This session aims at bringing together scientists interested in modern and ancient marine bio-geo interactions, with special emphasis on carbonate depositional settings from shallow- to deep-water environments. Our main goal is to promote a constructive cross-disciplinary debate on:
Conveners. Daniel ARIZTEGUI (University of Geneva, CHE), Raphaël BOURILLOT (Ensegid-Bordeaux INP, FRA), Anneleen FOUBERT (University of Fribourg, CHE), Emmanuelle VENNIN (University of Bourgogne, FRA), Pieter T. VISSCHER (University of Connecticut, USA)
Description. Microbialites are organosedimentary deposits formed through the mineralization of benthic microbial mats and/or trapping and binding of sedimentary particles. These structures are abundant in modern – sometimes extreme – environments (e.g., hypersaline lakes; hydrothermal sources; caves) and are common in the fossil record, hence constituting an invaluable archive of past Earth’s surface and subsurface evolution. The last two decades have seen an emergence of studies focusing on microbe-mineral interactions and formation of microbial sedimentary fabrics. More recently, early diagenetic processes have also gained research attention. Many advances in methodology, e.g., omics approaches, imaging techniques such as micro-XRF and micro CT scans, have allowed a better understanding of microbialite formation from initial development to evolution during early and late diagenesis. The understanding of preservation modalities of modern microbial mats allows for a better interpretation of the fossil record. This transdisciplinary session combines research on fossil and modern microbialites with a broad focus such as sedimentology, (bio)geochemistry, microbiology, molecular biology, geomicrobiology, and mineralogy.
The main objectives of the session are to review recent and ongoing developments in this field in order to: (i) refine the understanding of microbialite formation in modern sedimentary environments to (ii) have an increased understanding of the modalities of their preservation to (iii) ultimately improve the interpretation of the fossil record.
Examples of topics included in this session are:
Description. In this session we seek contributions to provide a better understanding of the complex history of carbonate platform growth and demise successions through the Phanerozoic. Exploration well and 2D/3D seismic data in hydrocarbon-bearing basins can provide direct access to the composition and stratigraphic evolution of ancient carbonate platforms. In the recent years, high-resolution seafloor mapping, seismic data, oceanographic data and sedimentological sampling from recent to modern systems, as well as detailed and comprehensive outcrop studies of exhumed margins allowed to significantly improve our understanding of local versus regional controls on carbonate platform growth and drowning events at multiple timescales.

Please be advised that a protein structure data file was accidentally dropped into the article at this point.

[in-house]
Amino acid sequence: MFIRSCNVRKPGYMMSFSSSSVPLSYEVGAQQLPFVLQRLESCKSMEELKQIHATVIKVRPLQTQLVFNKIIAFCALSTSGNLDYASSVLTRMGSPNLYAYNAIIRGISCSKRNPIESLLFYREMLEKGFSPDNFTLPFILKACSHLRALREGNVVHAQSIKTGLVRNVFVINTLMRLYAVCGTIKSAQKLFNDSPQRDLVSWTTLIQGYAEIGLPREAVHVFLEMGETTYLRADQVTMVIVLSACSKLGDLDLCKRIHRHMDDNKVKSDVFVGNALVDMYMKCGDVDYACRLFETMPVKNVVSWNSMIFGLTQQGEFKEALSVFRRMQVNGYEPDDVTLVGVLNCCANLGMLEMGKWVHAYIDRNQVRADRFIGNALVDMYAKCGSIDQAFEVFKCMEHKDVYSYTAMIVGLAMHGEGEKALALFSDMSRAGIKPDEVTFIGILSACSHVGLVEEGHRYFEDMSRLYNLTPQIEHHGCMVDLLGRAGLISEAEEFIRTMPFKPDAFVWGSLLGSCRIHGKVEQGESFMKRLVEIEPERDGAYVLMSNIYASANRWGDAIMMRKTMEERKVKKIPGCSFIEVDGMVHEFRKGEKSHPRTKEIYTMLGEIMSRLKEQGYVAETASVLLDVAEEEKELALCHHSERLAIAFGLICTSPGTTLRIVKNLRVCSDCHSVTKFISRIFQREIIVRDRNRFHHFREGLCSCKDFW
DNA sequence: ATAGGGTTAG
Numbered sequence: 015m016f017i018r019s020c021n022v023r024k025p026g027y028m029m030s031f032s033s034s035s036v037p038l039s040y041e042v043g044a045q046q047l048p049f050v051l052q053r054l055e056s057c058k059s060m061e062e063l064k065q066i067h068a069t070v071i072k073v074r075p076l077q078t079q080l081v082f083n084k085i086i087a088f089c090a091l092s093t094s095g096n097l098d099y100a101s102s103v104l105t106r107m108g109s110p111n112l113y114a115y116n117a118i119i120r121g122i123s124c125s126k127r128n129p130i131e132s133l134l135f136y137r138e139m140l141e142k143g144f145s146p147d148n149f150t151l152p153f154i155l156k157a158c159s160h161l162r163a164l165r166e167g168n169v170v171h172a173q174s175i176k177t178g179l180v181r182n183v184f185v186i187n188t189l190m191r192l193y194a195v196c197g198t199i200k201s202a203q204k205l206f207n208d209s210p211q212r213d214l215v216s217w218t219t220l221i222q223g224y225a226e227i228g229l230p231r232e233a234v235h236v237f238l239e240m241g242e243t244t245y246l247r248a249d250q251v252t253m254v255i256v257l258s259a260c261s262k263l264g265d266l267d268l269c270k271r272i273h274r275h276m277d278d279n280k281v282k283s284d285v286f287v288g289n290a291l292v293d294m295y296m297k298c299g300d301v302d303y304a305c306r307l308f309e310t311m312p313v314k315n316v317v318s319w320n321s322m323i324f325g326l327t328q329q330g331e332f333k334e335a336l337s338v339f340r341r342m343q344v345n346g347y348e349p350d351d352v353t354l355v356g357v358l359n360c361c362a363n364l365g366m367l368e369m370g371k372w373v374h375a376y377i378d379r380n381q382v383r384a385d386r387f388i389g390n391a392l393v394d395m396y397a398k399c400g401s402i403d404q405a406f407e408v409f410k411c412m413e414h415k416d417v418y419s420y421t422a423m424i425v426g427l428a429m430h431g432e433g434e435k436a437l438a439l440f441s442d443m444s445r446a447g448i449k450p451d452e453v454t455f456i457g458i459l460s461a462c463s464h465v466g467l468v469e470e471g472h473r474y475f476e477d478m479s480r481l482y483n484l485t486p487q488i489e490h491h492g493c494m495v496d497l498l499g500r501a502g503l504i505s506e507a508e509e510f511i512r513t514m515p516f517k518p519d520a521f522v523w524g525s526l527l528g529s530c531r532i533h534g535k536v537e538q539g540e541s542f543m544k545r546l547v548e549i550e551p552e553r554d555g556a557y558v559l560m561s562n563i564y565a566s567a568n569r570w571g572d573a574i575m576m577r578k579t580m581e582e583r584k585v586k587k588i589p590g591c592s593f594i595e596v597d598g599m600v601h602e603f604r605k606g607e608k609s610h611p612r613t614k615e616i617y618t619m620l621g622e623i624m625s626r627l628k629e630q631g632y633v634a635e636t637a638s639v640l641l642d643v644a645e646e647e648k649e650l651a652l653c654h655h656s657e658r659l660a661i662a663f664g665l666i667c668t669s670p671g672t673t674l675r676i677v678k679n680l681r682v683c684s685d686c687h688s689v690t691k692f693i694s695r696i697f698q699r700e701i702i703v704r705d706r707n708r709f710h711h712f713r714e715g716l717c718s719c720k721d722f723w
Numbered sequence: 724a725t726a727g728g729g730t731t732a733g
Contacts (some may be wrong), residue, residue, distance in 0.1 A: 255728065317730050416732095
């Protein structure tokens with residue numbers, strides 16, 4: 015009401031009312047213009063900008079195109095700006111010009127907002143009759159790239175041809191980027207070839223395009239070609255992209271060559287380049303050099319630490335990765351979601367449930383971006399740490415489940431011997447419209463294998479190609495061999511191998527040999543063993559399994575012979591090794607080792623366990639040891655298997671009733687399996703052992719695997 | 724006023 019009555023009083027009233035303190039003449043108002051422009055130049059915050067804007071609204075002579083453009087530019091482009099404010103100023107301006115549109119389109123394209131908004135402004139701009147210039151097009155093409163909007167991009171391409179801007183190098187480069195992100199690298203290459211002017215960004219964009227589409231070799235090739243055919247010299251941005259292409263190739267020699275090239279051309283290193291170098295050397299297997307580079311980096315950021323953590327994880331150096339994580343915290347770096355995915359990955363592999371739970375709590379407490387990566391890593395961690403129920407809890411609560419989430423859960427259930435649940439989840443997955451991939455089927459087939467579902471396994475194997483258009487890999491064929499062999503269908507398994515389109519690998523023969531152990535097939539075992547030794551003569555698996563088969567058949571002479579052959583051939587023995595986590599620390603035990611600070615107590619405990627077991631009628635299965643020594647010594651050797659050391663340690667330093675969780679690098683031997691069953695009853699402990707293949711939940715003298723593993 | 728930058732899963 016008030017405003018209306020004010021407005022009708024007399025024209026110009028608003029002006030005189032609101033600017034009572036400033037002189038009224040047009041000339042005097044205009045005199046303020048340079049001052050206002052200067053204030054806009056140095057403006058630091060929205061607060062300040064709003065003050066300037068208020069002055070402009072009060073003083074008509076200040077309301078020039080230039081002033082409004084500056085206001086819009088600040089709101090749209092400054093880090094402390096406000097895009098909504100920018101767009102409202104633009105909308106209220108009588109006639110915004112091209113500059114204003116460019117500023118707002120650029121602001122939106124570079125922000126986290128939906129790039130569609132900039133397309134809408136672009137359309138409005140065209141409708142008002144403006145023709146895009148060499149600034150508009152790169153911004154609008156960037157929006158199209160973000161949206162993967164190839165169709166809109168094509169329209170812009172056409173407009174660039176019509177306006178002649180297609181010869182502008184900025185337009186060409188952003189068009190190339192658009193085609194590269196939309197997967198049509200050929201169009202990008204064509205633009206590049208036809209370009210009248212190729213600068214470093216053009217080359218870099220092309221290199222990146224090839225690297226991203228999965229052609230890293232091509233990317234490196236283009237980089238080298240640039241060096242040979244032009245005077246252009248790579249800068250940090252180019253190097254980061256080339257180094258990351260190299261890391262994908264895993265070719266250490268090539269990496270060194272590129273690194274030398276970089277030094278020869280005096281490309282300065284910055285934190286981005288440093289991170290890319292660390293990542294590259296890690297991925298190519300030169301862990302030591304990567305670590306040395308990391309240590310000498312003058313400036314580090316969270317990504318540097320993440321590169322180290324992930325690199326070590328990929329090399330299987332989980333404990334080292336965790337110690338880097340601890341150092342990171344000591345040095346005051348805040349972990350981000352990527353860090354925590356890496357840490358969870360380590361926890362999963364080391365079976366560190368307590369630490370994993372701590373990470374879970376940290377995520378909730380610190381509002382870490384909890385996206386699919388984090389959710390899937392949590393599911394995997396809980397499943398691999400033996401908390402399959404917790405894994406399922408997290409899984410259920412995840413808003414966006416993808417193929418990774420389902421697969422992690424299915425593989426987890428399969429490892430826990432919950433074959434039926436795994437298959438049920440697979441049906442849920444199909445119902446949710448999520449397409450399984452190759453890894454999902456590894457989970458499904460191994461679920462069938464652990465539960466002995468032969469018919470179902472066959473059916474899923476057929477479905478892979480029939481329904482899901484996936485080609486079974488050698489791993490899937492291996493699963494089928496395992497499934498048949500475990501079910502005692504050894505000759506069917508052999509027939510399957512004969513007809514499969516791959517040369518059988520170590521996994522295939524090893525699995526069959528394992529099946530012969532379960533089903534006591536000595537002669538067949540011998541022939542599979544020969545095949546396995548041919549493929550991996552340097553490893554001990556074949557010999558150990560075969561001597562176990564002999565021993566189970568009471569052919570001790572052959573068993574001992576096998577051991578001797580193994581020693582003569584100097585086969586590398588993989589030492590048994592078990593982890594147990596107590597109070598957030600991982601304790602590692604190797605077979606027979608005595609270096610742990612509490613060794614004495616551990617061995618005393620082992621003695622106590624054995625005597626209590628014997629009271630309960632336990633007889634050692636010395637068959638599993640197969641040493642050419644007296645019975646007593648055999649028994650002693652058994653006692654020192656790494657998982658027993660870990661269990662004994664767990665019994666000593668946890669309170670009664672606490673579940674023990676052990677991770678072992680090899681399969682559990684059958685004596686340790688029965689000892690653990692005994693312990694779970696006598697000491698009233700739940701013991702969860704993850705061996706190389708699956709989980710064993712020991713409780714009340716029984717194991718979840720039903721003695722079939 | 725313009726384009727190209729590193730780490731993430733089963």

This session will highlight the latest research on the steering mechanisms of sediment variations and stacking patterns of carbonate sedimentary systems. Contributions related to the seismo-stratigraphic facies, diagenesis and carbonate platform architectures are also welcomed, as well as studies on carbonate reservoir properties.
Conveners. Arnoud SLOOTMAN (King Fahd University of Petroleum and Minerals, KSA), Laura O’CONNELL (Southern Illinois University, USA), Daniela BASSO (University of Milano-Bicocca, ITA), Tracy FRANK (University of Nebraska-Lincoln, USA), Maria MUTTI (University of Potsdam, GER)
Description. Marine carbonate deposition is not limited to clear tropical seas. Non-tropical marine carbonates include temperate and cold-water carbonates originating in less warm (winter mean <20°C), possibly turbid settings that are not limited to the photic zone of the water column. Such carbonates are primarily the skeletal remains of heterozoan components, including coralline algae, bryozoans, cold-water corals, mollusks, echinoderms and benthic foraminifera. Biogenic carbonates have traditionally been thought of as tropical deposits. Research throughout the past few decades has found that non-tropical carbonates occur under a wide range of modern marine conditions and seawater temperatures, extending deep into the rock record. Ancient examples are being unearthed and reinterpreted on the basis of the growing knowledge of contemporary analogues. Recently, new methods for delimiting modern oceanographic controls on sedimentation and interpretations of ancient deposits have been implemented. Temperate and cold-water carbonate sedimentation have played a significant role in many parts of the world, including (but not limited to) the Neogene Mediterranean region and south Australian coast.